Floyd to NAMB staff: Champion Gospel unashamedly
"You have a great opportunity to present the Gospel of Jesus Christ -- and to lead us to do it -- to every person, every town, every city, every state all across this nation," Floyd said. "And when you touch this nation, and obviously Canada, you're going to touch the rest of the world."
Floyd also challenged the NAMB team to "champion pastors unashamedly."
"Make a big deal of them whenever you can," Floyd said. "Champion their calling -- it's a great calling. It means something when somebody who serves churches let's pastors know -- 'You matter.' It doesn't matter whether they run 20,000 or they run 20."
Floyd joined NAMB president Kevin Ezell on Wednesday, Sept. 11, at the ministry's monthly "Boot Camp," an all-staff meeting attended by Alpharetta-based employees and then shared by video with field staff and missionaries. Ezell used the first half of the meeting to review priorities, values and goals. He then invited Floyd to the stage where the two had a conversation that touched on faith, family, ministry, SBC culture and Floyd's vision for his role at the Executive Committee.
"I mean to really move us in one direction toward doing everything we can to present the Gospel of Jesus Christ to every person in the world and to make disciples of all the nations," he said. "I want to be a part of something life changing. I want to be part of making a difference."
Ezell began the conversation on a personal note thanking Floyd for the key role he played in Ezell's ministry and life.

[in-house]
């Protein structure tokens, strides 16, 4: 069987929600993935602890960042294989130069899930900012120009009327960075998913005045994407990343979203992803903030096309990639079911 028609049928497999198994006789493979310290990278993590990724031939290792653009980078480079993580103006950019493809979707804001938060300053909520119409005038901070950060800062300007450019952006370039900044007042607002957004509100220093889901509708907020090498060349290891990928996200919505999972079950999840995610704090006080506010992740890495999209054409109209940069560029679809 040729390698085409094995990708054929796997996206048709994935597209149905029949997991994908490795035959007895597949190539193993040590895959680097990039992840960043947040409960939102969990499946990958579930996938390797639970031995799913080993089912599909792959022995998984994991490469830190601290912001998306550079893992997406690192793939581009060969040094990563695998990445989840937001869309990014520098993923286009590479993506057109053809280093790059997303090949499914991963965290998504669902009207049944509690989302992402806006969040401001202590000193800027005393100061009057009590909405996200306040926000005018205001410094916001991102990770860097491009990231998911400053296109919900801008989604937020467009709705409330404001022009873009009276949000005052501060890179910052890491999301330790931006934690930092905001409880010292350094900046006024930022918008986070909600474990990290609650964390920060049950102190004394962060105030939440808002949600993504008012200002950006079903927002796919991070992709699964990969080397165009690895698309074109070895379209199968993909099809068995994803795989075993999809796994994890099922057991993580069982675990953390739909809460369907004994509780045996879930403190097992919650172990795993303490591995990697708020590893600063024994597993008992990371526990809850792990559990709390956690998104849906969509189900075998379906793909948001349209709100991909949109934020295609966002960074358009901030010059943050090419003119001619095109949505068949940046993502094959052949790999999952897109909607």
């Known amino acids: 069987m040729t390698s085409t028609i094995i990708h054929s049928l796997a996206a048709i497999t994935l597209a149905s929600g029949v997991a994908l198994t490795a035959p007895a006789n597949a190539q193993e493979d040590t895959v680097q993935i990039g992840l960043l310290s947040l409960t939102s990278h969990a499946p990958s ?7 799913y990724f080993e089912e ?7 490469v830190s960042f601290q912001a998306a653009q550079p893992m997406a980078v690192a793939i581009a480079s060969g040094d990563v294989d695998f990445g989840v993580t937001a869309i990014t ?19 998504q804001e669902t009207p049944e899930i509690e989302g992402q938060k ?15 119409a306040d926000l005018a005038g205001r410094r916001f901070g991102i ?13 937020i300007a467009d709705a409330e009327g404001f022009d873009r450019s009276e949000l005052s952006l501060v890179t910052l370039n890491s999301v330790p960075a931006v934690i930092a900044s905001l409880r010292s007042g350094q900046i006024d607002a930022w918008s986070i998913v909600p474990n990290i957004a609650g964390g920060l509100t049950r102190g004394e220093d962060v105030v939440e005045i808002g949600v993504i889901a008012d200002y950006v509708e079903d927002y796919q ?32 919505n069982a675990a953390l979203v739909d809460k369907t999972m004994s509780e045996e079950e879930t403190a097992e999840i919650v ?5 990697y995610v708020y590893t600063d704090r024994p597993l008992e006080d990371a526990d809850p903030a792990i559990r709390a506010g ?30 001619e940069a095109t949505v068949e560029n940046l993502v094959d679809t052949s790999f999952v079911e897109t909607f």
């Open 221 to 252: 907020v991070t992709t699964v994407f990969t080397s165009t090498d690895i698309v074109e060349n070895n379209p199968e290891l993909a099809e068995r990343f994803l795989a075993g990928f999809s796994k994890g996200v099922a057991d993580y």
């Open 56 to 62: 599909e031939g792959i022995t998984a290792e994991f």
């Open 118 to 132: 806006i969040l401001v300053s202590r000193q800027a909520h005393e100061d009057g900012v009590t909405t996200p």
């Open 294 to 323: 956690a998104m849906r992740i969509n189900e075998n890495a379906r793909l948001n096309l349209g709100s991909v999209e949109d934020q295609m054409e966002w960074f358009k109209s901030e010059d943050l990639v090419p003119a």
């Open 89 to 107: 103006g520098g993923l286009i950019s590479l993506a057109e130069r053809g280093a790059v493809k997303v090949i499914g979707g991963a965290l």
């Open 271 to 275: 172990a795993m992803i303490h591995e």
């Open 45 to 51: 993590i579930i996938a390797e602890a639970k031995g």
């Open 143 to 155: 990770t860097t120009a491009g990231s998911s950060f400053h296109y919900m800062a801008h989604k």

"Dr. Floyd has been investing in the lives of pastors literally his entire ministry and in ways that most people would never know," Ezell told staff. "He invested and got nothing out of it. I am so grateful for the investment he has made in my life and in the lives of so many other pastors."
Floyd emphasized the importance of a disciplined, personal time with God.
"So many times, we think about the public side," he said. "What happens in your private life is much more important than what happens in your public life. Many times, God does not let us do things publicly because of the way we behave privately."
Floyd said a believer's personal time with God shapes that person's priorities. For Floyd, a decision to protect family time is a choice he is grateful he made. He described a Friday night early in his ministry when he was driving back to church for a deacons meeting, leaving his wife Jeana and two young sons at home.
"I decided that night I am not going to sacrifice family on the altar of ministry success," he said. "Starting that week, I spent every Friday with Jeana." Floyd said he estimates he spent 95 percent of Fridays with his wife and family while he was pastoring.
Ezell asked Floyd what he sees as some of the biggest challenges Southern Baptists face.
"One of our biggest challenges is learning to get along and love each other like Jesus loves us and to have a healthy culture," Floyd said. "As Peter Drucker said, 'Culture eats strategy for breakfast.' It doesn't matter how good your strategy is. If you don't have good culture, you can forget your strategy."
Floyd complimented Ezell and NAMB staff for how they have positively contributed to SBC culture in recent years.
"You all have done so much for the culture of the Southern Baptist Convention. Thank you," Floyd said. "The conferences, the zeal, the vision. The commitment to excellence is so refreshing."
Floyd described the current time in the SBC, with five of the 12 national entity leaders being newly appointed, as a time of great opportunity.
"We have a shot," Floyd said. "We sometimes act like we have 150 shots. We don't. We have one shot with our lives. And we need to make it count. And the people in this room have the opportunity. We need to make a difference."
Ezell closed by thanking Floyd: "We are incredibly grateful to you and Jeana for making the sacrifice you've made." He then invited NAMB staff to gather around Floyd for a time of prayer.